Or, What to do with leftover heavy cream
For our wedding, we registered for an ice cream maker. It seemed like the right thing to do at the time, and brides and grooms can get a little carried away with the scanner thingy at Target. Anyway, so we ended up with one, and I've found that it is used more infrequently than I'd like to admit. The primary reason it's not used very often is that the ice cream recipes all require heavy cream, something I don't have on hand very often. When I do have it on hand, after making ice cream, the extra heavy cream just languishes in the refrigerator, until I decide to make alfredo sauce or throw it out.
This weekend, I found another great use for the extra heavy cream! Butter!
When my husband woke up Saturday morning and I told him I had made butter, he gave me a groggy, confused look. "Without a churn?" Yes, we do have a churn, but it is really old and just decorative. I wouldn't dare put actually food I'm planning to eat in it. So how to make butter, at home, without a churn? Easier than you might think!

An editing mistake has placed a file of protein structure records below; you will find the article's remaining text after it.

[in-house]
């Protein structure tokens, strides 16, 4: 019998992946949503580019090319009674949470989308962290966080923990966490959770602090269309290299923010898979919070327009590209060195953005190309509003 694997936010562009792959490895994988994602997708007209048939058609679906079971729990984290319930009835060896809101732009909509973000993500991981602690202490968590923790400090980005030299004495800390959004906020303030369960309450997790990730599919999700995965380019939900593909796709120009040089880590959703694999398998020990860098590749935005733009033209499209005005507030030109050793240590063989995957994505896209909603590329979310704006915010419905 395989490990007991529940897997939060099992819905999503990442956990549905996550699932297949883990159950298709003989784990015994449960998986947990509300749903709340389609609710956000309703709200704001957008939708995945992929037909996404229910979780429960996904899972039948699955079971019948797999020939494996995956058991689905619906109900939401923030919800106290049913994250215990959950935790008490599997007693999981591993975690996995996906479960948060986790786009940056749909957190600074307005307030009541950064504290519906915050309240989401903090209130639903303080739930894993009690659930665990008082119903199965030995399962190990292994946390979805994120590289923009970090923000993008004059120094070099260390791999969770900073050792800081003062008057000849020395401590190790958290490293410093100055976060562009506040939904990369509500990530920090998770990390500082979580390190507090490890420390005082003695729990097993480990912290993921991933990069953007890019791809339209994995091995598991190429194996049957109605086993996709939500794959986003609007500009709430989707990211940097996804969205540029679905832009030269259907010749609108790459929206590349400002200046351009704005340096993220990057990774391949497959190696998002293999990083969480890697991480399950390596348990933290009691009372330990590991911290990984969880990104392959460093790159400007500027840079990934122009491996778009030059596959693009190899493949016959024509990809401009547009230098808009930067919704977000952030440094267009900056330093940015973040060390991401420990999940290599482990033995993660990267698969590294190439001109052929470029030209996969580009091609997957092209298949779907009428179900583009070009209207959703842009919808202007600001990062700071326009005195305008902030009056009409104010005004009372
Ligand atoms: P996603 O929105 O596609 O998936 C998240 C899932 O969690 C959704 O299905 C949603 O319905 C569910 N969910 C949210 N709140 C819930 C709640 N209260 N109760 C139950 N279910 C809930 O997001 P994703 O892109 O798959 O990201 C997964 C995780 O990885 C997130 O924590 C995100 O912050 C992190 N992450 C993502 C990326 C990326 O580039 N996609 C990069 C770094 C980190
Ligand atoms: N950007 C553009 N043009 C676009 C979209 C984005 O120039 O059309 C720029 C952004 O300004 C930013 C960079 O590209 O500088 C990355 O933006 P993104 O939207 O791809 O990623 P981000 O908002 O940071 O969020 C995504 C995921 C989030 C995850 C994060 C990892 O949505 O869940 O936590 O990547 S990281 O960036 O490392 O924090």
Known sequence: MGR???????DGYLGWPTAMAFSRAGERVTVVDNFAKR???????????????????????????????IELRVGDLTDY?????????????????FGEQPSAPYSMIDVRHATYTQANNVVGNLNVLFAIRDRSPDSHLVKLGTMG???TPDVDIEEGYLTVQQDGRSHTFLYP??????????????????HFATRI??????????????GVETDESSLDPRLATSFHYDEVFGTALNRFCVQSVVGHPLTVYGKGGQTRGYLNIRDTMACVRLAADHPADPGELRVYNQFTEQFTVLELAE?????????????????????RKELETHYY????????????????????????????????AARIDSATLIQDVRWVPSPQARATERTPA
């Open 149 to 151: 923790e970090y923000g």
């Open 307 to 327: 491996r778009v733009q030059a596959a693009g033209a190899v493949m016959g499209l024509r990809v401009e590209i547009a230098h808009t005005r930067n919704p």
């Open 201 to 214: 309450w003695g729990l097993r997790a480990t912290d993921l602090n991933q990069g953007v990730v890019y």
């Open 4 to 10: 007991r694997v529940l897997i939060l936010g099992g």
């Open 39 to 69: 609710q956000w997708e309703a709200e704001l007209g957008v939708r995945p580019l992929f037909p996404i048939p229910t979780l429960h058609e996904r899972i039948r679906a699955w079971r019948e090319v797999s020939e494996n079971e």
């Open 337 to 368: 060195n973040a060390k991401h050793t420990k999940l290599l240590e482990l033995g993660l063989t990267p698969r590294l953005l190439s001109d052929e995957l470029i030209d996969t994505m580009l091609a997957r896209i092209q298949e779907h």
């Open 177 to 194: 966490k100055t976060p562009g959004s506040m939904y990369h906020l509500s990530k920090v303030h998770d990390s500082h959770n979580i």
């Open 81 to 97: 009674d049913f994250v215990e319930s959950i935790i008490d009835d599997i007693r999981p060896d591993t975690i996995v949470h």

1/2 C to 1 C heavy cream
1 pint jar with lid
Pour the cream into the jar & tighten the lid. Shake, Shake, and shake some more. You'll hear sloshing. Eventually the sloshing will stop. If you open the jar & take a look now, you have whipped cream coating the jar. Close the jar again. Keep shaking. The silence of shaking the whipped cream will turn into a thud-thud-thud noise. Keep shaking until the sides of the jar are clear again, and you can see the clump of butter in the buttermilk (see photo). At this point, you can pour off the buttermilk (save it for biscuits!) and you have butter!
For salted butter, add salt sometime in the middle of this process.
Enjoy the toast! And the knowledge of what's ACTUALLY in your butter!
This is part of a Notebook Experiment from one of Amy's Notebook entries once-upon-a-time ago. Thanks to SouleMama for the inspiration!